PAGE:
Art In History Art Blog
It is not a new idea that nature herself is a rich source of abstract pattern and design. Examples of pattern are all around us, in the forms of flowers, the lacework of branches against the sky, and the geological expressions in rock. In the last hundred years, we have been able to see the patterns of nature at the macro and micro scale as well: The fabulous swirling forms of nebulae, and the intricate ordered patterns of crystals.
I have always had a powerful response to these natural patterns, while never having a strong urge to work abstractly. My compulsion in art is to record what excites me in the outside world. In the last eighteen months, that has often been rocks and rockfaces. Most recently, I have found myself responding to the most abstract examples I see. This has led to a series of works in which the primary impact is on the level of pattern and design, but which are still a faithful recording of what is in front of me.
The most interesting aspect of rockfaces is the intermingling of two independent pattern agents: color and form. This can be seen very well in the work above, which I have titled "Cross Purposes". The granite is striped with color based on the layering of its original formation. This design is overlaid with the fissures and facets worked by a millennia of wear and tear. The resulting double pattern is rich in complexity.
Two other examples of this highly abstract double patterning are seen in "Cracking up" and "Bullseye", which I am showing with the photographs from which they were done. It should say that the bluer tonality of my works is a function of the color palette of the laptop image from which I paint, which brings out the blues. I have chosen images where the conflicting patterns come into compositional balance; I am then recording that balance with limited adjustments or invention.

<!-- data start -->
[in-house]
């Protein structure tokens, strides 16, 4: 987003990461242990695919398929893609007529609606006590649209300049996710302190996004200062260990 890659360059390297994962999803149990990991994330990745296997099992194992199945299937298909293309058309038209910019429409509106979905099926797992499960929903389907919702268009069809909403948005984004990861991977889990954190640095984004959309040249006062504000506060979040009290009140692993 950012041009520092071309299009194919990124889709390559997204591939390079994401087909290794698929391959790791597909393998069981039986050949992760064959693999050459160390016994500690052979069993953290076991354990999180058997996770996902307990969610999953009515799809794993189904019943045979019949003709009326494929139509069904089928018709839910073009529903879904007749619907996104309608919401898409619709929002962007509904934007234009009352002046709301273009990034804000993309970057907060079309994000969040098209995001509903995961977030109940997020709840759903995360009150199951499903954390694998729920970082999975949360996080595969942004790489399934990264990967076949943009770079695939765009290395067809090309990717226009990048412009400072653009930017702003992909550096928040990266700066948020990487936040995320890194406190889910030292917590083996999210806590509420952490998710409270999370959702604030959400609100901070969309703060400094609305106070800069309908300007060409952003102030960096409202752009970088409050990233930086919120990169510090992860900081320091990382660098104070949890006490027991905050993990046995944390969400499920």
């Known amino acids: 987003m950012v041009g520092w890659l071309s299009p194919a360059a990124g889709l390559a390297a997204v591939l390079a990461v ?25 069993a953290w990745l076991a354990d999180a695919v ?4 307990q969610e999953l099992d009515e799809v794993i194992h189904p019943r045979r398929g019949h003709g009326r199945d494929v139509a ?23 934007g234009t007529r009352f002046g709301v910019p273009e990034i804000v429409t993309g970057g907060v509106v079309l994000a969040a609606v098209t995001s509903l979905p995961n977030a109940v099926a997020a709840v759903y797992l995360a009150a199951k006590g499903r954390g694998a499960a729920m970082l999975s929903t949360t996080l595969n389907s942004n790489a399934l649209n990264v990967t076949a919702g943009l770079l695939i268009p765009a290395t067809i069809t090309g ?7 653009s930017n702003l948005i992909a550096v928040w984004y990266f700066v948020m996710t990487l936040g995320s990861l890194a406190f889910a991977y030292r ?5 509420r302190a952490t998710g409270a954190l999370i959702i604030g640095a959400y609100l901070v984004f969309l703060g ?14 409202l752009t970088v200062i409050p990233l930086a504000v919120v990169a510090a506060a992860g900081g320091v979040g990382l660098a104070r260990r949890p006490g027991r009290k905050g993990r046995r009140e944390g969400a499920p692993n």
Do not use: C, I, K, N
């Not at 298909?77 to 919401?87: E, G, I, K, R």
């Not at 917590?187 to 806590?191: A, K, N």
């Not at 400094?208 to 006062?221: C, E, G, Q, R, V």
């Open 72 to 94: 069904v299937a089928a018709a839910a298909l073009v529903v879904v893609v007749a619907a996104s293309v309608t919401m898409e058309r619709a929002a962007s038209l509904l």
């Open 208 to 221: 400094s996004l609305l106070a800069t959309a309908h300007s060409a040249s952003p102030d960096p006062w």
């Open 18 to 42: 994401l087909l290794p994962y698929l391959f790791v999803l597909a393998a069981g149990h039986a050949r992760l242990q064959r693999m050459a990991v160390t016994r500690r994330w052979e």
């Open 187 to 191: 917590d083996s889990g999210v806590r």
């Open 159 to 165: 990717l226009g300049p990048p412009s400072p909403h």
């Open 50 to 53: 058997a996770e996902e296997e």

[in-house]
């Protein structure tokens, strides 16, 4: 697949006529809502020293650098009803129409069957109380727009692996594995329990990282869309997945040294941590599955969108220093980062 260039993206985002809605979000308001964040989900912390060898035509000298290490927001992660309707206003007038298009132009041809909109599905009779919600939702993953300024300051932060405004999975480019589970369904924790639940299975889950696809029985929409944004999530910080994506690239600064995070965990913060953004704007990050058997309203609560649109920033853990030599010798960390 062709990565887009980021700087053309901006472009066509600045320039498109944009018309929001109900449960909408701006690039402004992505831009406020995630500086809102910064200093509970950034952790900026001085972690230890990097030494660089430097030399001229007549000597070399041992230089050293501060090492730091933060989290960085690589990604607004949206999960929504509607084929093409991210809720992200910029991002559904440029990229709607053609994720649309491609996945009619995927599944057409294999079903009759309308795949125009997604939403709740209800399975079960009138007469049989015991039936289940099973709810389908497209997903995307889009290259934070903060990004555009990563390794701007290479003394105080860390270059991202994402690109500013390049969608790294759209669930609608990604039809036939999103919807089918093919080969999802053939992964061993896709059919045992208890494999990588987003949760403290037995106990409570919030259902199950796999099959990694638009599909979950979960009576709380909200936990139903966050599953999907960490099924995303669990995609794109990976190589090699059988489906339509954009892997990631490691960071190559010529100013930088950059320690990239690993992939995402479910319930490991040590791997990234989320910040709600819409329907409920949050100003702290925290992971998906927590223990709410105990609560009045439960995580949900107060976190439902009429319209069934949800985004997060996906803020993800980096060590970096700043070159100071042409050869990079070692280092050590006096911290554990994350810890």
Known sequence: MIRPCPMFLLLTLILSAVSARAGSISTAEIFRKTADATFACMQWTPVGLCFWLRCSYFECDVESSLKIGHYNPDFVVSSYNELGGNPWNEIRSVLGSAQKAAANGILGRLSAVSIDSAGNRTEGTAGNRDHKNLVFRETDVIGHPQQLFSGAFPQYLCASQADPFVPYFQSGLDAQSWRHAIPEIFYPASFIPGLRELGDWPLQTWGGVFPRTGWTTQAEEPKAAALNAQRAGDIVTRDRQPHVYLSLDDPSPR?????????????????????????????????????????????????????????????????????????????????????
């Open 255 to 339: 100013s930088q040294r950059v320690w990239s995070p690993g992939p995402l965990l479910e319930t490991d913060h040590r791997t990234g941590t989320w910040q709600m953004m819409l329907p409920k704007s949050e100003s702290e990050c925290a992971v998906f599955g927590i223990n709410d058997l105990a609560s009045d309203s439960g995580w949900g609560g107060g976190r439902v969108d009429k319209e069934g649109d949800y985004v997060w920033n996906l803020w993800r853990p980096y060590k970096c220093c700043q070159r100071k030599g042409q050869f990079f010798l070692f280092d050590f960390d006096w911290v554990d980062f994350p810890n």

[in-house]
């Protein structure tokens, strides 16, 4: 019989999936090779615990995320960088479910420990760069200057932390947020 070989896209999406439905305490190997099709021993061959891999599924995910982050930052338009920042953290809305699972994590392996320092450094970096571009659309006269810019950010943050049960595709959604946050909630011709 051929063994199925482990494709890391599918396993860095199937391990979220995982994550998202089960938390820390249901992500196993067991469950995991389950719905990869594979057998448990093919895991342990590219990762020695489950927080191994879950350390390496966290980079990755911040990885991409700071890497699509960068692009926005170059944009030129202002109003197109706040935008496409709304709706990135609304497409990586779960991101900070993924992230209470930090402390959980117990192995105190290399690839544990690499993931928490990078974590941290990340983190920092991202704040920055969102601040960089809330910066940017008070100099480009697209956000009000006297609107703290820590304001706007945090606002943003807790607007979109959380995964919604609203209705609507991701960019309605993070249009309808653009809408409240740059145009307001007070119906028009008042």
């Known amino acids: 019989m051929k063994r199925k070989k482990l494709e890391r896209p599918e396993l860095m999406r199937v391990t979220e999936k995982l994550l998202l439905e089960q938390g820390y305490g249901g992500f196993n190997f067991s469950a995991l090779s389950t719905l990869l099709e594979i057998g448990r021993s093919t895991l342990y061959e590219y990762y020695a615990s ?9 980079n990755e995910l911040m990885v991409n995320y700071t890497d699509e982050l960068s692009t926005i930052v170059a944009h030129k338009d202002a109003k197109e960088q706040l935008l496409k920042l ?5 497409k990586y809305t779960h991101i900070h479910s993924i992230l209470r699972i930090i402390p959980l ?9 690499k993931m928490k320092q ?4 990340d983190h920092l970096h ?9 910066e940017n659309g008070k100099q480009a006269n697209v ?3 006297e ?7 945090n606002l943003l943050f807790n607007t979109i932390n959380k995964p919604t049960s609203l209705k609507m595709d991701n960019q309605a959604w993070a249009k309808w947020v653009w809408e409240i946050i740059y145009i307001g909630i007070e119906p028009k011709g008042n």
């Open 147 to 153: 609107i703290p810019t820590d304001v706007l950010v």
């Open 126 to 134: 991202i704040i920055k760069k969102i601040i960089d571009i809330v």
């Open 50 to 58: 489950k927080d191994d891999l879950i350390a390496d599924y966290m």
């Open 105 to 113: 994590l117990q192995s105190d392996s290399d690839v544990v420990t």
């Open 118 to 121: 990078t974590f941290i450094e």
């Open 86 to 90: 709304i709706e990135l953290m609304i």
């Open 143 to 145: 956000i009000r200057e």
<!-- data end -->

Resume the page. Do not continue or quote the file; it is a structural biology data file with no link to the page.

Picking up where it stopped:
I will show two further examples, with the accompanying photographs, where I have found associations in the patterns, which are recorded in the titles. They are from two very different rock formations, a marble upthrust and a deep blue formation which I have not identified, perhaps basalt. "Jaws", the golden marble formation, has a non-directional color variation, overlaid by a crisp straight-line fracture pattern. The result it much less complex and subtle than the granite patterns.
The last one, a work I have called "Drowsy Dragon", shows a formation with a deep color which appears at first to be unvaried, but does have color variation within narrow limits. The fracture pattern is similar to the marble but with more three-dimensional projections and cavities. The result is that form dominates, with color pattern as a grace note.
I suspect hat this is either turning you on or leaving you completely cold. What can I say? You have to respond to natural pattern in general, and to LOVE rocks.